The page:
Category Archives: Printables

Kindergarten Reading Activities and Printable Word Family Pages

k reading activities

As a former First Grade classroom teacher, I have a lots of fun ideas for teaching my kinders to read.  However, as a homeschooling mom of 4 with a baby on the way, I don’t always get to the fun stuff!  Here I’ve included some of the most practical activities we do, but we don’t even get to these every day or even every week.  Some days we just read, and that’s okay.  😉


For ease, I’ll divide this post into 2 categories:  PHONICS and SIGHT WORDS.  I think mastering both elements are important steps on the path to becoming a good reader!

For now, each week, we work on basic C-V-C short vowel words and 2 or 3 new sight words.


  1. curriculum & workbooks
  2. pocket chart cards
  3. building words with magnets and letter tiles
  4. word family lists
  5. stamps
  6. shaving cream
  7. phonics readers
  8. flash cards

Sight Words

  1. poems
  2. sight word readers
  3. sight word sentences
  4. flash cards
  5. Bingo!


1.  Curriculum / Workbooks

We have been using Explode the Code Book 1 and Alpha-Phonics to aid in learning phonics this school year.  I couldn’t be happier with either one!   I use them as a guide for introducing word families.  Explode the Code has been great practice in writing as well as following directions.



2.  Pocket Chart Cards

I use a pre-made set of word family cards and pictures but plan to add some of my own cards and pictures using simple clip art.  My kinders think of this as a fun matching game!  We don’t always use the pocket chart… the floor works well, too!  🙂

pocket chart word fams

3.  Building Words… Magnets and Letter Tiles 

This is hands-on fun!  We build words with letter tiles on our “mats”  (pieces of construction paper) and use our magnets on cookie sheets.  It is a great way to practice working with words while taking away the added difficulty of writing.    It’s so easy to move one letter and change “bit” to “fit” and then “fit” to “fix” etc.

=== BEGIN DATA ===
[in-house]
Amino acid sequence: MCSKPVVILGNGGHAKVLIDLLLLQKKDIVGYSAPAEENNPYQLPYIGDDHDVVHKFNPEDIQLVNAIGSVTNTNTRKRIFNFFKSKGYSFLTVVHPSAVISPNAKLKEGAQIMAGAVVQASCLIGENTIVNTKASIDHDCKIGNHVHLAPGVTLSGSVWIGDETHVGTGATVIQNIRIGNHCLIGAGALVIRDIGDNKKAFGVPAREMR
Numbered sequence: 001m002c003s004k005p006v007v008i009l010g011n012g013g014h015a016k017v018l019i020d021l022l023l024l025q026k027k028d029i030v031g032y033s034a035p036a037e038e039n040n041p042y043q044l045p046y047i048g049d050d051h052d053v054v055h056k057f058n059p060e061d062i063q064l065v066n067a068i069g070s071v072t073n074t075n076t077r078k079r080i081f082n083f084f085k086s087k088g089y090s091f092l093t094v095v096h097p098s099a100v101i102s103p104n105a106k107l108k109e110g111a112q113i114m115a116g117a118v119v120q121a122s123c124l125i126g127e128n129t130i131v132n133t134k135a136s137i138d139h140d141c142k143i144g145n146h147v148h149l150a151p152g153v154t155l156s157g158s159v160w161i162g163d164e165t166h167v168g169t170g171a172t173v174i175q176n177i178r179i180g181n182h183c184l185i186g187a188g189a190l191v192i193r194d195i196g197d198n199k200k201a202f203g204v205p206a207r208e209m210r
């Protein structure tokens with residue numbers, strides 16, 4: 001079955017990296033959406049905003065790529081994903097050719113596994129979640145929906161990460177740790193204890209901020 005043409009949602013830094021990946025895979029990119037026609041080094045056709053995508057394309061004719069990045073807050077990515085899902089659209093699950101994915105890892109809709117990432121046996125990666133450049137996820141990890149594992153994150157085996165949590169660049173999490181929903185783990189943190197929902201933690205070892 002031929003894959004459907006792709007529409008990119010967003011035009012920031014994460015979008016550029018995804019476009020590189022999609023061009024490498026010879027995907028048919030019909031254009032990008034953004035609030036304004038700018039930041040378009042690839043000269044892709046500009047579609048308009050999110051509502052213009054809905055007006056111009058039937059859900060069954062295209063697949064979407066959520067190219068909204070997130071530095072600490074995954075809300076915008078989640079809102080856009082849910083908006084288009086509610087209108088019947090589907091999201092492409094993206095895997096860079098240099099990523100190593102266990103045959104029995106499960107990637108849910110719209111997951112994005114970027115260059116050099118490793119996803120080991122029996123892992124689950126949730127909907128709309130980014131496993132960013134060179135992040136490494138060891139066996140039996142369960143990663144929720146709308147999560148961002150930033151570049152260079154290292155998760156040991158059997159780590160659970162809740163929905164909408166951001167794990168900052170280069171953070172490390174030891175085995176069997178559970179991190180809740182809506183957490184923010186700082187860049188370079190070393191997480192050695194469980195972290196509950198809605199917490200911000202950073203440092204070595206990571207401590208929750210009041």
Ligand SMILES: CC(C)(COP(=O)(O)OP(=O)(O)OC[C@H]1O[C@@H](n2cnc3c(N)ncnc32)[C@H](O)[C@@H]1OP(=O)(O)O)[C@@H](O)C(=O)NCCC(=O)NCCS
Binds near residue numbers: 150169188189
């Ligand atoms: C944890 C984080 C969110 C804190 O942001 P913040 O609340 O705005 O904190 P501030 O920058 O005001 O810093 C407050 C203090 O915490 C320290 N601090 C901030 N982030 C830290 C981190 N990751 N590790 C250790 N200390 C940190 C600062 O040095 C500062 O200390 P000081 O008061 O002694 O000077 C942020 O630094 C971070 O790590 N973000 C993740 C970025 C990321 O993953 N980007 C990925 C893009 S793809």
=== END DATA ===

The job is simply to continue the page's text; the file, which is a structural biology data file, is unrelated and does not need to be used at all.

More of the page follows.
man, can, ran…

tile practice

We can also use the tiles to practice building names.

We also use our tiles and magnets with the pocket chart picture cards.  It is a step above simply matching the words and pictures.  The kids now have to build a word sound-by-sound.

tiles and pics

4.  Word Family Lists

I love using the tiles to create word family lists.  Simply move one tile to make lots and lots of words!  We have used these word family books (pictured below) (and only $1.25!) , and I liked them so much, that I decided to create some pages of my own.   You can download them for your kiddos at the conclusion of this post!  🙂  We


it word fam page
Download your own word family recording sheets at the conclusion of the post! 🙂

5.  Stamps

Much like tiles and magnets, stamps enable kids to build words without the added difficulty of writing.  Plus, they are fun!  🙂


6.  Shaving Cream… need I say more?  🙂

shave cream words


My big kids like this too… spelling practice. 😉

7.  Books!   Phonics Readers

One of my favorite resources for phonics readers is Sam’s.  Yes, that’s Sam’s, as in the wholesale club.  I have found numerous sets of Bob Books and Starfall Readers that have become old friends for us this year!  Check out the book section the next time you’re picking up toilet tissue!